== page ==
The goal is to only allow connections to the server in AES 256 Counter mode, with umac-64 or hmac-ripemd160 MACs, and compression, on a non-standard SSH port from a designated IP range using public key authentication. Connections will also be throttled and SSHGuard along with a few custom PF rules on the server will be used to block and log attackers. The commands that the client will use to connect to the server will look like this:client: 

$ alias sshconnect="ssh -l bryan a.b.c.d -p 21465 -C -c aes256-ctr -m umac-64@openssh.com,hmac-ripemd160 client: 
$ alias sshtunnel="ssh -v -ND 8090 bryan@a.b.c.d -p 21465 -C -c aes256-ctr -m umac-64@openssh.com,hmac-ripemd160 client:
$ alias sshmonitor="yes | pv | ssh -l bryan a.b.c.d -p 21465 -C -c aes256-ctr -m umac-64@openssh.com,hmac-ripemd160 \"cat > /dev/null\"" client: 
$ alias sshportforward="ssh -f bryan@a.b.c.d -p 21465 -C -c aes256-ctr -m umac-64@openssh.com,hmac-ripemd160 -L 15478:localhost:15479 -N" client:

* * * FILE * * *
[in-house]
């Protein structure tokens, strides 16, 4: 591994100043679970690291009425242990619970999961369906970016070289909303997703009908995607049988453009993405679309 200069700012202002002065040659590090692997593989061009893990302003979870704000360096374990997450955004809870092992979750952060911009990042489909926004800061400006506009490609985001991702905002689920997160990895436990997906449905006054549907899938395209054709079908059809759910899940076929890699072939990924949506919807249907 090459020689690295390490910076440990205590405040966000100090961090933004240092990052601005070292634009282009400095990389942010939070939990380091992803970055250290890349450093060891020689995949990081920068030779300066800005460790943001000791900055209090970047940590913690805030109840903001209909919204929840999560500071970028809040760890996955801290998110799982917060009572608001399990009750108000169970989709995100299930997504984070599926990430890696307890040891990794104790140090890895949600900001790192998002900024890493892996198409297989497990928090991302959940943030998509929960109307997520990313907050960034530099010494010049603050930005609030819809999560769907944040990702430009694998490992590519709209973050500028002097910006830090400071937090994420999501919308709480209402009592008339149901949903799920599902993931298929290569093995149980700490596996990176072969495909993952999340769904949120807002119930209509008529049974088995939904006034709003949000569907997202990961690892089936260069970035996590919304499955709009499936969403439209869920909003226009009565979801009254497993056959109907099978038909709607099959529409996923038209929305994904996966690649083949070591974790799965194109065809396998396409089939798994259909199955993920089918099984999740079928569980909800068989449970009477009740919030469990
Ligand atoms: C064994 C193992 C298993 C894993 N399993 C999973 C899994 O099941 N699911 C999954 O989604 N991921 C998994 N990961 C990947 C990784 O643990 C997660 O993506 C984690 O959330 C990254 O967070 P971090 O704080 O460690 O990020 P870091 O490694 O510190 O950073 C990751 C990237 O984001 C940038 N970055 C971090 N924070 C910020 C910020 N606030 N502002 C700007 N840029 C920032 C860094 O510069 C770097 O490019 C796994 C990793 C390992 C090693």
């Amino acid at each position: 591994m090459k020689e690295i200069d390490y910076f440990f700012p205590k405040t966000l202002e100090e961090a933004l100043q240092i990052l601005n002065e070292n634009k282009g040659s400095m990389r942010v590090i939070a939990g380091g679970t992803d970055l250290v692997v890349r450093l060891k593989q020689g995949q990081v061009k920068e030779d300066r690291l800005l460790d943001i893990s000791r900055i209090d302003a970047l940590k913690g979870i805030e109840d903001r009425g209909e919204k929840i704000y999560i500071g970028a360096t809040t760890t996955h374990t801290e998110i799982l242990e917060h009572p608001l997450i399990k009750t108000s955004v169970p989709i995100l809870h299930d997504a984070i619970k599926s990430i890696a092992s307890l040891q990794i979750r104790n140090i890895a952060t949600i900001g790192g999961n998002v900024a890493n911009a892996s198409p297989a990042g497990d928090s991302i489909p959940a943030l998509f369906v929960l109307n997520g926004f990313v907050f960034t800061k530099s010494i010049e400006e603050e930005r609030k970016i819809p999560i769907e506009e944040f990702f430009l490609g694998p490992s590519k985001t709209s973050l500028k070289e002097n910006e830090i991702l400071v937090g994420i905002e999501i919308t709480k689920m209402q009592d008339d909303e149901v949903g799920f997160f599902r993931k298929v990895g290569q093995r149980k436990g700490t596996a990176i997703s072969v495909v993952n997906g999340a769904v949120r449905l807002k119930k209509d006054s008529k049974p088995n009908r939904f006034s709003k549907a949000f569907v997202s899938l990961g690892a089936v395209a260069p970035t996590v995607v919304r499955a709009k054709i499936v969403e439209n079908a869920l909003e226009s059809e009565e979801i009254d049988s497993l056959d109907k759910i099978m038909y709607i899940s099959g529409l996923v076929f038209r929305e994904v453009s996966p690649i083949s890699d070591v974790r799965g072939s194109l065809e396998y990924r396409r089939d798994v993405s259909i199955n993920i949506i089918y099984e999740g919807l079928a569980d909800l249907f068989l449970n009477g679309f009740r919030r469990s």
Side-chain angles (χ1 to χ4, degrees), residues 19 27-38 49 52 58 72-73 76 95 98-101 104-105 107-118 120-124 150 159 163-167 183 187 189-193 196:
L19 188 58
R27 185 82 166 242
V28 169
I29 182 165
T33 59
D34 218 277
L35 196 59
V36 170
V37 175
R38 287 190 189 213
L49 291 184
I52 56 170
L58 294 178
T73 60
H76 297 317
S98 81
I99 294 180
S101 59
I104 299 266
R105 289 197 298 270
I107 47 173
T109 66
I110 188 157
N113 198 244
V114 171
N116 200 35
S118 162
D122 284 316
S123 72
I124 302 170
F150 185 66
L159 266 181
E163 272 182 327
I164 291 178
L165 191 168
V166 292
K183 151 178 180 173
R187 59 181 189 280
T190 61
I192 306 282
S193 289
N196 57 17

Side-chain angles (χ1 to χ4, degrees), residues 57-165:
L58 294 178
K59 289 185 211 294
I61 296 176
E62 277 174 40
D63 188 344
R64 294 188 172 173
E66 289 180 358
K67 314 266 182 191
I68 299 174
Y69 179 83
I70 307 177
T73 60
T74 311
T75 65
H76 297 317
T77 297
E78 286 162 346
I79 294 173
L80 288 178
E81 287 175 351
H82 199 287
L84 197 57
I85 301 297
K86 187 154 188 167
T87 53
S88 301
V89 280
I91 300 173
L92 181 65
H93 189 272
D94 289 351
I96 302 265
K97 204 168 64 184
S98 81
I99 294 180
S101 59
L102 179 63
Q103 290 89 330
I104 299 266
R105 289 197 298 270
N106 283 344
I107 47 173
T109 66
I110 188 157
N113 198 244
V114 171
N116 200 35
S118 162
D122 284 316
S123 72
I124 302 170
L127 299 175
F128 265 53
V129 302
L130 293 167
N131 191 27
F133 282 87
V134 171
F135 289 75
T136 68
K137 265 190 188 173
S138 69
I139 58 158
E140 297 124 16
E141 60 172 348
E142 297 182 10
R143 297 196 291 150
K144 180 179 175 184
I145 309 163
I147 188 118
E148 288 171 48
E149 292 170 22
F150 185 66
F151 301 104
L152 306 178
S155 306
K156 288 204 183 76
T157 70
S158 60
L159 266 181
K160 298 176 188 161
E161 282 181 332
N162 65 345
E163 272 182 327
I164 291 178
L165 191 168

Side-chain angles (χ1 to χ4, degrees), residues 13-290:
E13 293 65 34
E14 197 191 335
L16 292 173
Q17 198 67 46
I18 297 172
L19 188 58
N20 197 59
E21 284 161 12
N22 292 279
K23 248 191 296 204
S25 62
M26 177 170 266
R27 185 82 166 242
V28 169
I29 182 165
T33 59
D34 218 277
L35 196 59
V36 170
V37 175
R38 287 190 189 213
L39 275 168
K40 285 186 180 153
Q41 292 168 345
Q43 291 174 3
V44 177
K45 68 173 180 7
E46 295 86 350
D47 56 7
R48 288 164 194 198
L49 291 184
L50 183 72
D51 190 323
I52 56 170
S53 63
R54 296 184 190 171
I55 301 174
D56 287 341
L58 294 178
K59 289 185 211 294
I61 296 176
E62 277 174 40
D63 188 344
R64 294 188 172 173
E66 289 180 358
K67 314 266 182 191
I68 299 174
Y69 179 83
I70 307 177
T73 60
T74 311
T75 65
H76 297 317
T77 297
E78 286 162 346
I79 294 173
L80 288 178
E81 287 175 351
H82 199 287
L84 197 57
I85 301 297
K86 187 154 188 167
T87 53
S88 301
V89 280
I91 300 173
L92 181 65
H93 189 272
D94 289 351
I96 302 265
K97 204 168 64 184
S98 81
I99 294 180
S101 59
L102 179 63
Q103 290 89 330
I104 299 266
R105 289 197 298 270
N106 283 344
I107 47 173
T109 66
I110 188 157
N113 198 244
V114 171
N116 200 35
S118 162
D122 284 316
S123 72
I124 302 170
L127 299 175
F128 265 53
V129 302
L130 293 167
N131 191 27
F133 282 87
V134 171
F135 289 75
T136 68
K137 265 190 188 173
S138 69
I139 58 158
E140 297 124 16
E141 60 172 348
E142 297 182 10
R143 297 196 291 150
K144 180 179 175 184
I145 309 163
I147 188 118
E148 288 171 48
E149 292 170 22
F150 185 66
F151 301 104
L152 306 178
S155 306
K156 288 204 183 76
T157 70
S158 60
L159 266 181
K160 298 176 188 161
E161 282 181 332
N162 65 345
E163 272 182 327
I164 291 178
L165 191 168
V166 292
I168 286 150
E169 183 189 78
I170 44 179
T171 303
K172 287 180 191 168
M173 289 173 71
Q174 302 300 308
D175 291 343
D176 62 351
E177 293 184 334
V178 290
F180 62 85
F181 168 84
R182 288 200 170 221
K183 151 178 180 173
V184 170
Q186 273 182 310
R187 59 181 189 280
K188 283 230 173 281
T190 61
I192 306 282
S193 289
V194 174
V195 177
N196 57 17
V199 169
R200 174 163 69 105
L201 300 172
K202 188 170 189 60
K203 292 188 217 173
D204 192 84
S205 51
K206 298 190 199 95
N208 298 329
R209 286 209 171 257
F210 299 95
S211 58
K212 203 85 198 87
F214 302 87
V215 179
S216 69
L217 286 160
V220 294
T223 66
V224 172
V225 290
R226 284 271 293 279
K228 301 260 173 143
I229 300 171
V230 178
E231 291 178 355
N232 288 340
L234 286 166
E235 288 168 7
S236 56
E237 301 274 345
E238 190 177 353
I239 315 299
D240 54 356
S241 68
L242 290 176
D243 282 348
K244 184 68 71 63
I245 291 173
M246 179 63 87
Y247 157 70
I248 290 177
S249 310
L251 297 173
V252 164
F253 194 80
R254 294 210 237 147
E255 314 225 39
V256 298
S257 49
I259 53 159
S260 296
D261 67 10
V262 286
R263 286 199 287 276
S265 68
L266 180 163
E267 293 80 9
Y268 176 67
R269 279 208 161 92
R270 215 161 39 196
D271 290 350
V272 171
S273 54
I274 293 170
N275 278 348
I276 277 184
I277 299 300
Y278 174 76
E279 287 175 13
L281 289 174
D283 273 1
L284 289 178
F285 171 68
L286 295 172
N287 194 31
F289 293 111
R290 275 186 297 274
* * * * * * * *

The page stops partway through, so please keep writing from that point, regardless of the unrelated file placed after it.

$ alias sshportforward2="ssh -f bryan@a.b.c.d -p 21465 -C -c aes256-ctr -m umac-64@openssh.com,hmac-ripemd160 -L 17293:localhost:17294 -N"

Alternatively, Ciphers, MACs, and compression can be specified in the user config file as follows:

ServerAliveInterval 60 
Host host.name.com 
    ControlMaster auto 
    ControlPath ~/.ssh/sockets/%r@%h:%p 
    Port 21465 
    User bryan 
    Ciphers aes256-ctr 
    Compression yes 
    MACs umac-64@openssh.com,hmac-ripemd160 
    StrictHostKeyChecking yes


User and Host certificates provide a more convenient method of authentication for multiple clients (users) and servers (hosts). Certificate revocation can also provide an easier method of quickly invalidating user access.A certificate authority key pair is first generated as follows. The ca is then placed in the /etc/ssh directory on the host.

ca $ ssh-keygen -t ecdsa -b 521 -f user_ca server $ sudo mv user_ca* /etc/ssh/

On the client, generate a public/private key pair and then copy the public key to the server so that it can be signed with the ca. Make sure to set the validity period of the certificate. Alternatively, a host key may be signed with a ca key that is stored in a PKCS11 token. OpenSSH supports ca keys stored PCKS11 tokens. Check your version of SSH and see ssh-keygen for more information.client